From Boomers to Boomerangs
Who would you rather hire: someone who has proven work ethic, exceptional performance, knows your company culture, would require little training and can hit the ground running? Or someone who looks great on paper, impressive (cherry-picked) references, seemed like a good fit during the Skype interview, and (fingers crossed) would work well with the rest of your team?
You most likely chose option A. And that’s without considering that you’d save tens of thousands of dollars in recruiting costs…because option A is a former employee, or “boomerang.”
With 3.6 million baby boomers set to retire next year, myriad key management positions will be up for grabs. Competition for talent is fierce, partially because access to bigger and better opportunities is widely available at the click of a button. Millennials, always on the prowl, are predicted to hold 12-15 jobs in their lifetimes. Thus, the conversation is shifting from employee retention to recruitment: filling the inevitable (and proverbial) big shoes.
“We will see the boomerang employee trend continue in the future as more employees adopt a ‘free agent’ mentality and more organizations create a stronger alumni ecosystem,” says Dan Schawbel, founder, WorkplaceTrends.com, and New York Times Bestselling Author of “Promote Yourself”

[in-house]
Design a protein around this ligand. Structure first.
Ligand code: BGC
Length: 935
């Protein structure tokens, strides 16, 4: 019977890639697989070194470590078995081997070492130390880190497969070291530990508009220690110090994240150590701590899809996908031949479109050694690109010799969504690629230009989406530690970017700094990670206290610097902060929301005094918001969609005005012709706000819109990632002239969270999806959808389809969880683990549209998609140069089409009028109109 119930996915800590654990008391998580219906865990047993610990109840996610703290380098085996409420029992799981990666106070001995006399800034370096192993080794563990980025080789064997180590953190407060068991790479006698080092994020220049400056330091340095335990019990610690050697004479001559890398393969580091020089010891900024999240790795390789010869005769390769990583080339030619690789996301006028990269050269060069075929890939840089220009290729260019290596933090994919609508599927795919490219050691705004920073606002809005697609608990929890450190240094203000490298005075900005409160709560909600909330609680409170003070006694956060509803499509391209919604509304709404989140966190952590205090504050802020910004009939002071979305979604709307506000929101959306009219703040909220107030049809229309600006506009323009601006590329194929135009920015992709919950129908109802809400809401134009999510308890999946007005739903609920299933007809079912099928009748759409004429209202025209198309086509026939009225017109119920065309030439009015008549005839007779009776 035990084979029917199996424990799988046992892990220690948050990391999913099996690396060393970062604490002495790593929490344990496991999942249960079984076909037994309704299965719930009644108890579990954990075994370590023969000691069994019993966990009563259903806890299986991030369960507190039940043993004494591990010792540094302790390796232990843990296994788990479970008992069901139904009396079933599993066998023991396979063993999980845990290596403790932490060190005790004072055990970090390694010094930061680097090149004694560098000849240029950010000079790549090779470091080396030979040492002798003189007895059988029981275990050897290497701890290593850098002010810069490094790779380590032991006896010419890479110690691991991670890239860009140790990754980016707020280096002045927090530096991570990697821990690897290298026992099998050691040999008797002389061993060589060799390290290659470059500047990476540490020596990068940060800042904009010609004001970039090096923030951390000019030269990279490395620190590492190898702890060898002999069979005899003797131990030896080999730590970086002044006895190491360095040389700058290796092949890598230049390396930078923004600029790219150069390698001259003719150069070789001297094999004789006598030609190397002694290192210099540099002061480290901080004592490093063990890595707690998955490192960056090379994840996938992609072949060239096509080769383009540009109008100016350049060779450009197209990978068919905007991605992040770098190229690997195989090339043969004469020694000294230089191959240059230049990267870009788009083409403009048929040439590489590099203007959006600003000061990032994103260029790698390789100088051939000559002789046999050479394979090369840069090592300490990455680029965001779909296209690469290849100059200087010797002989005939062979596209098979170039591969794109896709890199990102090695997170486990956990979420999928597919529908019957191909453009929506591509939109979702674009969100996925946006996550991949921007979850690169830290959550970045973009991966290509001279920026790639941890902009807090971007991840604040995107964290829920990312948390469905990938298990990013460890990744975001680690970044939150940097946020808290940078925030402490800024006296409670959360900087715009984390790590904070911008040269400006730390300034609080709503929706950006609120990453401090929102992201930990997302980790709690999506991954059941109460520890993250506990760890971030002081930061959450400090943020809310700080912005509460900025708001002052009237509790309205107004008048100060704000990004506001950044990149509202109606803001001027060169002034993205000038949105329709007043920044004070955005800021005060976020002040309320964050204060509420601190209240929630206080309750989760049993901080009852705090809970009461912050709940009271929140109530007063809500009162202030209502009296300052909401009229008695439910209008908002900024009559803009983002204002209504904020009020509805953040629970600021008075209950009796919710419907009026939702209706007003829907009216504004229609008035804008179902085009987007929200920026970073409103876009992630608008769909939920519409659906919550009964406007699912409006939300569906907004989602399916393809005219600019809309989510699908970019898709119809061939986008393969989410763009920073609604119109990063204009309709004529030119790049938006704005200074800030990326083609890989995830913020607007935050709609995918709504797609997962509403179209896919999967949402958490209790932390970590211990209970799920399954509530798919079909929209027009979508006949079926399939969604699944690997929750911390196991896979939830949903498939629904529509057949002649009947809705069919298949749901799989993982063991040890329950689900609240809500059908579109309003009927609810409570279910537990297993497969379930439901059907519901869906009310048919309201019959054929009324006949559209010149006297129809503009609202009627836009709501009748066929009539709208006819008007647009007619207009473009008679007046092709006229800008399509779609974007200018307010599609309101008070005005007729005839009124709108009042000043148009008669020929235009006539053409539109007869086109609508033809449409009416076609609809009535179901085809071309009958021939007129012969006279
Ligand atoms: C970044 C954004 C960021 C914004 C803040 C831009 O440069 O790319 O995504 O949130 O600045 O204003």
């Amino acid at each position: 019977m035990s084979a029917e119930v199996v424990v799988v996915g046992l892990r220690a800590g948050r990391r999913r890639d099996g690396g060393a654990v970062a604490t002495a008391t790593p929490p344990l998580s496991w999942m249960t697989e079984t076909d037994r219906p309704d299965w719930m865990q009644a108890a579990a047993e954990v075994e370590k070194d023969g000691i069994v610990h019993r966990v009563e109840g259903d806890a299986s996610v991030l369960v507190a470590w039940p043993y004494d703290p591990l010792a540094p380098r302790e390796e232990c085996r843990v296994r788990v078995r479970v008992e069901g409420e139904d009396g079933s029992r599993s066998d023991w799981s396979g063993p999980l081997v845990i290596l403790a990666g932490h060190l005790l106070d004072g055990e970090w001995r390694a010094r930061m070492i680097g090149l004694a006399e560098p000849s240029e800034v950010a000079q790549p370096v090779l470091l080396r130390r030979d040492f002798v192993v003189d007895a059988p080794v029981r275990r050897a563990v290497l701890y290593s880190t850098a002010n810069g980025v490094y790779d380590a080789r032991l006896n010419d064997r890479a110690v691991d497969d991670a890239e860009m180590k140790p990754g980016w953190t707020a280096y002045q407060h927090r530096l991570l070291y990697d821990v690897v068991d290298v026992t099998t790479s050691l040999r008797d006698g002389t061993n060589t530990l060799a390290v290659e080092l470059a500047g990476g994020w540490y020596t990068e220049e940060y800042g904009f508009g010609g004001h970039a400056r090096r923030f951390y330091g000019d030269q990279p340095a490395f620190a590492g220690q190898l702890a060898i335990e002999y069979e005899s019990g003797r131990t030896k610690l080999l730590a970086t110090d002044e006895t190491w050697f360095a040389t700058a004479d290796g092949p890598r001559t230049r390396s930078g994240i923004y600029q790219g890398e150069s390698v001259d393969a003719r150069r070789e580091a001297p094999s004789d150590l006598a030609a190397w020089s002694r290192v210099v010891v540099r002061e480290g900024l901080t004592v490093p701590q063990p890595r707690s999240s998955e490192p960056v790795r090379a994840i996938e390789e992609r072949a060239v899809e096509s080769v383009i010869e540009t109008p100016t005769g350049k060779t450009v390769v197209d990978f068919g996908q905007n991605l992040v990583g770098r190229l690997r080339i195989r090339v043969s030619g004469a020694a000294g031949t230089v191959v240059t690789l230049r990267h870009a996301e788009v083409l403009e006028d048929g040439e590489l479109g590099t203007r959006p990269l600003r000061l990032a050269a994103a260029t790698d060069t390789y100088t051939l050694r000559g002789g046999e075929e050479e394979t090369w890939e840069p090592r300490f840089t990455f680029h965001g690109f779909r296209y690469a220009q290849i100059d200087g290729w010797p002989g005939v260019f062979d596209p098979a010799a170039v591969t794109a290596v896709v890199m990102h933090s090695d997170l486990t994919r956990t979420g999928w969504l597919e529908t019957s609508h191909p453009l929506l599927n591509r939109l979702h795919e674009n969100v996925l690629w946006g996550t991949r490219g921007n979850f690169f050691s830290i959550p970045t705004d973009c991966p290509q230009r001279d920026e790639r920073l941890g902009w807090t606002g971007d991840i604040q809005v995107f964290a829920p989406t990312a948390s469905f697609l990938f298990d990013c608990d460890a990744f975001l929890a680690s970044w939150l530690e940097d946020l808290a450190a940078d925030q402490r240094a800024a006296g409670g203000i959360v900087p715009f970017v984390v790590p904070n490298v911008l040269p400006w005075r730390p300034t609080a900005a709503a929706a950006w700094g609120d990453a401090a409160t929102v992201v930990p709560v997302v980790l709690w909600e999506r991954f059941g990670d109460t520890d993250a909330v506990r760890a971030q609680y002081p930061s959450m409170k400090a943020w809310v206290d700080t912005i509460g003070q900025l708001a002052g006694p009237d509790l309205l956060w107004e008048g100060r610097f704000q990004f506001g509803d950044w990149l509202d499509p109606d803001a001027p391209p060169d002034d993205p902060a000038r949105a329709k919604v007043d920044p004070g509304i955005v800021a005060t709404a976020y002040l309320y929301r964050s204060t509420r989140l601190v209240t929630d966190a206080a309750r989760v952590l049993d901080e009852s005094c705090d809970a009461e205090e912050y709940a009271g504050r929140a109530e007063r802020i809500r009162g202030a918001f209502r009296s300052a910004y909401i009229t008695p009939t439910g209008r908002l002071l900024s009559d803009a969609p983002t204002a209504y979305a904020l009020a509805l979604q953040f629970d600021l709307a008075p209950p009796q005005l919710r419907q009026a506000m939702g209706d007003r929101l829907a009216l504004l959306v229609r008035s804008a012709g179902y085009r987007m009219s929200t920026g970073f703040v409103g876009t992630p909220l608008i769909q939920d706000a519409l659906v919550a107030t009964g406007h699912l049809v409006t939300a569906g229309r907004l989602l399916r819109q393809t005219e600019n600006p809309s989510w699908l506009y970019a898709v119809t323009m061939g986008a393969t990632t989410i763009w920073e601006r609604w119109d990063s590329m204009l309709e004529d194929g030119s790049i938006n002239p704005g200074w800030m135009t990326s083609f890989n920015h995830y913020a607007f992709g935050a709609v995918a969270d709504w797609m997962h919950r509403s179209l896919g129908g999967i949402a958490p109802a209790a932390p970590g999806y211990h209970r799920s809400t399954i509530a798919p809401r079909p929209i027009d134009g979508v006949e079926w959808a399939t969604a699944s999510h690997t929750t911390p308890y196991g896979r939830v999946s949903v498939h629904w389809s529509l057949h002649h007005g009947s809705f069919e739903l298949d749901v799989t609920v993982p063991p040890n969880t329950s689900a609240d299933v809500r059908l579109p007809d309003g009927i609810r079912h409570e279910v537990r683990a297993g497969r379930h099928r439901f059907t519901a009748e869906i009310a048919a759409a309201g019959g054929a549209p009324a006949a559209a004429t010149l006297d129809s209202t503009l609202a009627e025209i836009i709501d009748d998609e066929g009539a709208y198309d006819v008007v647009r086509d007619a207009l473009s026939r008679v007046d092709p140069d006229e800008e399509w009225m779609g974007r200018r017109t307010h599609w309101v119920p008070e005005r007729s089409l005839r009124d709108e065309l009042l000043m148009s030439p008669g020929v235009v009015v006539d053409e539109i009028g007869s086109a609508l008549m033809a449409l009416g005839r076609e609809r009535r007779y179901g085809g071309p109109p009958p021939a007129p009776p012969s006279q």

A recent survey commissioned by The Workforce Institute at Kronos Incorporated and WorkplaceTrends.com found that, while only 15% of employees were boomerangs, nearly 40% said they would consider going back to a previous employer. This figure was highest for Millennials (46%), as compared to 33% of Gen Xers and 29% of Baby Boomers. Companies are coming around as well: while nearly half of HR professionals surveyed said their organizations used to be opposed to boomerangs, 76% said they are more willing today than in the past. Nearly two-thirds of managers agreed.
But what if the last email address you had for Susan was the one from your company, and the last time you spoke to Mike was at the water cooler? Policies and procedures are one thing, but without an active alumni network, reengaging your former best employees is tough. Startlingly, 80 percent of employees say former employers do not have a strategy in place to encourage them to return, and nearly half of managers claim there are no alumni communications. While 98% of Fortune 500s have LinkedIn alumni groups, the vast majority of these are independently run, unaffiliated with the company of origin.
“Boomerangs are uniquely valuable because they offer an outsider perspective combined with an insider’s knowledge of company process and culture,” says LinkedIn cofounder Reid Hoffman. “An ex-employee will be more interested in returning if the company stayed in touch and maintained a relationship in the interim.”
Any boomerangs out there? Share your story!